Award recipient Timo Thonhauser of Wake Forest University said current storage methods, such as compressing hydrogen into tanks, are unwieldy, making the storage question the big bottleneck in turning hydrogen fuel cars into a reality.
“Simply pumping pure hydrogen into pressurized tanks in your car is inefficient and potentially dangerous,” he said. “But even if you could, you just cannot get enough of it into the tank – you’d drive for 50 miles, and then your car would stop. So we need to find a better way to store hydrogen, and that means identifying a material that can safely incorporate it into its structure.”
The NSF CAREER Award, given to the nation’s top junior faculty who demonstrate excellence as teacher-scholars, comes with a $426,572 grant. Thonhauser, an assistant professor of physics, will use this grant to determine whether any of the three substances – magnesium borohydride, ammonia borane, and alkanes – could be used to create a safe and efficient hydrogen storage solution.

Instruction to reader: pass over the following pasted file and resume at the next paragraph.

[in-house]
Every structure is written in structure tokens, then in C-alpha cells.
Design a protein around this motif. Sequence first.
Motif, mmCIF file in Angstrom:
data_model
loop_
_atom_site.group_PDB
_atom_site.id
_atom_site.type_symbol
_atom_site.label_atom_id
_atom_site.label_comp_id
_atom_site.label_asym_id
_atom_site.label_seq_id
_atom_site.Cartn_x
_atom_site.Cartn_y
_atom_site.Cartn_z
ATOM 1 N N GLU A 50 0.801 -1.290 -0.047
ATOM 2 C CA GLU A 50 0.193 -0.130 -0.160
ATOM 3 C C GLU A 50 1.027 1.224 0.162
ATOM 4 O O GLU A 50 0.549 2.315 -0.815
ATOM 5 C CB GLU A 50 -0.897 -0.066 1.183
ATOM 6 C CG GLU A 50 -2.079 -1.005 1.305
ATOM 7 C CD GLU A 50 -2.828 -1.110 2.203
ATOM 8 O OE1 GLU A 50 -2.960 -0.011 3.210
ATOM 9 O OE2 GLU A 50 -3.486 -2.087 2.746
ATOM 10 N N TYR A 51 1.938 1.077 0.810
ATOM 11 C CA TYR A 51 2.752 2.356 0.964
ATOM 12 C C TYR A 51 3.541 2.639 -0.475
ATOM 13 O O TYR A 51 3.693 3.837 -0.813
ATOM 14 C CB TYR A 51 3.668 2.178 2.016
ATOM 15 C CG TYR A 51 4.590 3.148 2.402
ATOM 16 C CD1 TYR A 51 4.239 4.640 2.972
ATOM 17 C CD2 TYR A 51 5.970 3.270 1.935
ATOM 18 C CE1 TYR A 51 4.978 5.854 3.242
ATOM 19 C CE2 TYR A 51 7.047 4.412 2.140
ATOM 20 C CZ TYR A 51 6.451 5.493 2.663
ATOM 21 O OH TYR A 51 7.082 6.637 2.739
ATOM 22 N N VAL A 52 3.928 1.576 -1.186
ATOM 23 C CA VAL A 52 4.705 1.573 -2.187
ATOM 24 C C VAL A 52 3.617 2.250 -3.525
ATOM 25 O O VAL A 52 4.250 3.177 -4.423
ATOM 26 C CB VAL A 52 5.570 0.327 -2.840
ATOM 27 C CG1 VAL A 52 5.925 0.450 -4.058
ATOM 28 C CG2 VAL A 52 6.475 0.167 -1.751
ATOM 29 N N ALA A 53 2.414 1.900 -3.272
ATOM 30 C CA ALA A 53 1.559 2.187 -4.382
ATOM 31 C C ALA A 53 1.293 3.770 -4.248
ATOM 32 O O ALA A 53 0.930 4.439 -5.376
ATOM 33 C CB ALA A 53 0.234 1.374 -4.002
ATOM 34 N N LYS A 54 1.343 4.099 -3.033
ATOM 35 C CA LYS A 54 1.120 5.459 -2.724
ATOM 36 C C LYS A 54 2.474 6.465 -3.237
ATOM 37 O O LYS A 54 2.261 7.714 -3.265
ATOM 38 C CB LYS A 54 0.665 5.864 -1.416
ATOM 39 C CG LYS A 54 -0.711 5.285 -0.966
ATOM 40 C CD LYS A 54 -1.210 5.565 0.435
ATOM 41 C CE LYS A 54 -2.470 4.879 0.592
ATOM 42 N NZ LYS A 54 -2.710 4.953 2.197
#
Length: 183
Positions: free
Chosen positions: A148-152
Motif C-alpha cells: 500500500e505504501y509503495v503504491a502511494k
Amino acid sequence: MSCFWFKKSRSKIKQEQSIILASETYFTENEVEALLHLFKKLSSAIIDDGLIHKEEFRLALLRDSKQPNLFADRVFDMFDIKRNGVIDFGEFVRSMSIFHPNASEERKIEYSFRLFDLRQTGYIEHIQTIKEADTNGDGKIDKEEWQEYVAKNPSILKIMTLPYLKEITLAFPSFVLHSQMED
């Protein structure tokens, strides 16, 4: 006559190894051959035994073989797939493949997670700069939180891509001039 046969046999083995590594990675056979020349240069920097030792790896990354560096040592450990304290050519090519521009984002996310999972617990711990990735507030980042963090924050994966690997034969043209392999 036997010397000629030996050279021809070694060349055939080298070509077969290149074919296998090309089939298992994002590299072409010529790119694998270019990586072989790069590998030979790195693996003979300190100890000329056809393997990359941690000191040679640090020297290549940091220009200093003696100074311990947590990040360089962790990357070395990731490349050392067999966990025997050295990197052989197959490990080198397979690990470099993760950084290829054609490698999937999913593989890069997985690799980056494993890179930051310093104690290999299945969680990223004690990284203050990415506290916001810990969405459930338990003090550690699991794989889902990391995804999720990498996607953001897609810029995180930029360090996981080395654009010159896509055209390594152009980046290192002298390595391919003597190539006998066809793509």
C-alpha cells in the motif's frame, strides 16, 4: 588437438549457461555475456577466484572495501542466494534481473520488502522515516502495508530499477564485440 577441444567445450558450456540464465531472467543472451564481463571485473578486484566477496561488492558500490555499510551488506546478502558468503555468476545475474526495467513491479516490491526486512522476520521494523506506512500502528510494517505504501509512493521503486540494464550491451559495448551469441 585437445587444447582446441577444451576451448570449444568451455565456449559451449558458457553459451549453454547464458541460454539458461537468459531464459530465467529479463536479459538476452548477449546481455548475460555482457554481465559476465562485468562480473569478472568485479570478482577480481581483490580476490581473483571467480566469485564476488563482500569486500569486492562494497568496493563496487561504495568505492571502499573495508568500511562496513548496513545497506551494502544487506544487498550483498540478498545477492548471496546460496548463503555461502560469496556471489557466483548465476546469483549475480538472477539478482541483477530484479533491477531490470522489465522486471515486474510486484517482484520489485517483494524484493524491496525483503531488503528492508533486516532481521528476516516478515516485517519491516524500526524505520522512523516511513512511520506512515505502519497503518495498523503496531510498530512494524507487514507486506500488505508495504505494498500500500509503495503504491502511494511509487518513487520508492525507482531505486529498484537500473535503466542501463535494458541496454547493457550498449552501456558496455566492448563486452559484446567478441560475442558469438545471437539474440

Hydrogen has shown great promise as an alternative fuel. It is the most abundant element on the surface of Earth, and every nation has access to it. One pound of hydrogen has about three times as much energy as one pound of gasoline, and seven times as much energy as one pound of coal. But even better, when hydrogen combusts, the only byproduct is water.
“So, if hydrogen is so cool, why aren’t we using it? It’s because we don’t know how to store it in a practical way,” Thonhauser said. “There’s no question that fossil fuels are going to run out eventually. Plus, the combustion of fossil fuels creates a lot of problems for the environment. Research into alternative fuels is vital right now.”
The CAREER Award also requires scientists to develop outreach programs. Thonhauser will work with SciWorks, a science and environmental center in Winston-Salem, N.C., to build an interactive hydrogen fuel exhibition; he also will create a mentoring program at Wake Forest to help graduate and post-doctoral students improve research skills and begin their careers as scientists.
Katie Neal | Newswise Science News
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